Book Review & Blog Tour for "Dreamland" By Nancy Bilyeau. In 1911, Margaret (aka Peggy) Battenberg is a member of one of the richest families in America, but she’s a bit of a black sheep and a rebel. She wants to be her own woman, and being only months away from getting her inheritance from … Continue reading Carnival of Camouflage. #BlogTour and #BookReview for #Dreamland by Nancy Bilyeau @tudorscribe.
Book Review for “All the Ways We Said Goodbye” by Beatriz Williams, Lauren Willig, and Karen White.
2019 - the Year of the Winning Women Writers! This past year has been a particularly good one for books, and the quality of newly released novels was quite beyond my expectations. I read a full 32 books released this year, only two of which were non-fiction. That means I have quite a few books … Continue reading TCL’s Top Five (or 10) Favorite Books of 2019
Book Review for “The Lost Girls of Paris” by Pam Jenoff. In the last years of WWII, the UK set into motion a plan to send people into Nazi occupied France where they would work as couriers in situ for the resistance and allied forces, or send vital information, by special coded radio transmissions, back … Continue reading Breaking the Broadcasts.
Book Review for “The Ghost of Madison Avenue” by Nancy Bilyeau. Helen O’Neill, the only daughter of the Connelly family, has been a widow for some time, and now she lives with her older brothers. Thankfully, Helen isn’t a financial drain on her family because she has a profitable gift – she’s a master of … Continue reading Restoring Lost Loves.
Book Review for “Gold Digger: The Remarkable Baby Doe Tabor” by Rebecca Rosenberg. The Colorado Gold and Silver Rush of the late 19th century both made and broke many people. Among them was Horace Tabor, whose arduous efforts were eventually rewarded with his several successful silver mines, especially the “Matchless” mine, which was the richest … Continue reading Marriages of the Mines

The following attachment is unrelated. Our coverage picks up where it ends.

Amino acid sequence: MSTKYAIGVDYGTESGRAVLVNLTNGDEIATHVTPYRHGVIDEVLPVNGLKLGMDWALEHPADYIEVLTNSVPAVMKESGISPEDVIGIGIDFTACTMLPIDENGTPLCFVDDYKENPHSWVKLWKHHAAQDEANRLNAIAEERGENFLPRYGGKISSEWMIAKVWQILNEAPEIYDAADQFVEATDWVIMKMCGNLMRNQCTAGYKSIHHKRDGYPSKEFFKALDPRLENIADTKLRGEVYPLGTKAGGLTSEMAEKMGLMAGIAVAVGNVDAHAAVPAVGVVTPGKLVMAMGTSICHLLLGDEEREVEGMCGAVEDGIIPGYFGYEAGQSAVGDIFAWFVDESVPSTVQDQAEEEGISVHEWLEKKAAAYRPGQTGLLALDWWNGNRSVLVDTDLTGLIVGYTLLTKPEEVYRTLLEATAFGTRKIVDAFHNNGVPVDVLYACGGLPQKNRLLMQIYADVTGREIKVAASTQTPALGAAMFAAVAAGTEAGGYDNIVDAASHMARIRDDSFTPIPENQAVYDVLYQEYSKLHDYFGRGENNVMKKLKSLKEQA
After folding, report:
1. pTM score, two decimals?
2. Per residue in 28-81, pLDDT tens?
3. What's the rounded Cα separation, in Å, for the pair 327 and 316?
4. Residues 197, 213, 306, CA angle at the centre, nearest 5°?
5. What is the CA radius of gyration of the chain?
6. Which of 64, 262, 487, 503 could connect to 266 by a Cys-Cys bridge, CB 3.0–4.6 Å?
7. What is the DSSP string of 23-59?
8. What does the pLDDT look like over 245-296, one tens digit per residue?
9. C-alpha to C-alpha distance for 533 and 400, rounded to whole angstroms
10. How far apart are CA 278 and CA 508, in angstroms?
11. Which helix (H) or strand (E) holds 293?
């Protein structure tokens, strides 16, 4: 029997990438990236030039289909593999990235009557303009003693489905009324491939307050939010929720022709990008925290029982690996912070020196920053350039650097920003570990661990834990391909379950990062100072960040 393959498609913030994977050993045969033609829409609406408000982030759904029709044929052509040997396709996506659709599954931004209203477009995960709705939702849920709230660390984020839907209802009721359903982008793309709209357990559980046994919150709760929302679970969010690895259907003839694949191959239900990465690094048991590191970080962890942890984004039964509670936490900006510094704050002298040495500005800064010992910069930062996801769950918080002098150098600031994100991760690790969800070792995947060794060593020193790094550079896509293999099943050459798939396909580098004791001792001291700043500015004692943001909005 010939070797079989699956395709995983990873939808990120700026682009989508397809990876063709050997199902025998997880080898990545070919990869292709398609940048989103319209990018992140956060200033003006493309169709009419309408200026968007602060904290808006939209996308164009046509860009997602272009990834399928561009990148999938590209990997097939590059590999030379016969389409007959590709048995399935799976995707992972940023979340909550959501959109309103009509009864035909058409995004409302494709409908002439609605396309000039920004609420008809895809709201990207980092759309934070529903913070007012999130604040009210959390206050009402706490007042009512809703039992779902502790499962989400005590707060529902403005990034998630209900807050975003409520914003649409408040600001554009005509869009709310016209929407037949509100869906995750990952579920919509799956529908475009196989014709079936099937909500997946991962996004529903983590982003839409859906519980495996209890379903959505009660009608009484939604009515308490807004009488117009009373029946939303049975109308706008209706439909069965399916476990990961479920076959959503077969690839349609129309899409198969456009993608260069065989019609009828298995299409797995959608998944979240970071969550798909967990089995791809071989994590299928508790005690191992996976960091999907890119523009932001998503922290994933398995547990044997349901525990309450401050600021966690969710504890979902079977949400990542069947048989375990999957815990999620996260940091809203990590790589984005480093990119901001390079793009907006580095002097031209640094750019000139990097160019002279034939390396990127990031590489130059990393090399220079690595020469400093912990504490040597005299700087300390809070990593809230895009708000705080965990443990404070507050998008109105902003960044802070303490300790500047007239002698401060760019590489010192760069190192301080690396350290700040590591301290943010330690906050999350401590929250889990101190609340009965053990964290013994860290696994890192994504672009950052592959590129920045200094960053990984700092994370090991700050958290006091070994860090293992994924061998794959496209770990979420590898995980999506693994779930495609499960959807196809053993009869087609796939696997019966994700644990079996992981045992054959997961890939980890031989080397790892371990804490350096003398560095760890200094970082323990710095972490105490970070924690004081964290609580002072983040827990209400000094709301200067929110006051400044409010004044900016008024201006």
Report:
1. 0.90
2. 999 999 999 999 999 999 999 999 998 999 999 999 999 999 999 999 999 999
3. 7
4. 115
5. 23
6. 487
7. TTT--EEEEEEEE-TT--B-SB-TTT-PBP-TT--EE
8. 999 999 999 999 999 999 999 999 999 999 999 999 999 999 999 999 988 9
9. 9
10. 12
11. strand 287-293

Book Review for “The Art of Regret” by Mary Fleming. Trevor McFarquhar is an American in Paris. No this isn’t a re-imagining of the classic Gershwin musical; rather, it is a study in displacement on the backdrop of tragedy. You see, Trevor has been living in Paris since he was a boy, since not long … Continue reading A Path to Changing Gears.
Book Review for “Right After the Weather” by Carol Anshaw. Cate is a theater set designer in Chicago, and in 2016 her career has hit a bumpy road, along with her love life, both of which she’s trying to repair. In the meanwhile, her ex-husband and his dog are camping out in the apartment he … Continue reading Games, Sets, and Mismatched.
Book Review for “The Last Train to London” by Meg Waite Clayton. This is the fictionalized story of Geertruida Wijsmuller, aka “Tante Truus” the Dutch, Christian woman who saved over 10,000 mostly Jewish children from the clutches of the Nazis through what came to be known as the Kindertransport. Although this is historical fiction, the … Continue reading Saving a Whole World.
Book Review for “The Lady and the Highwayman” by Sarah M. Eden. During Victorian England, there were essentially two types of books available. Of course, one was considered literature; well written tales that both middle and upper classes found worthy of reading, known as "silver-fork" novels. The other was what they called “penny dreadfuls” which … Continue reading Three for the Price of One.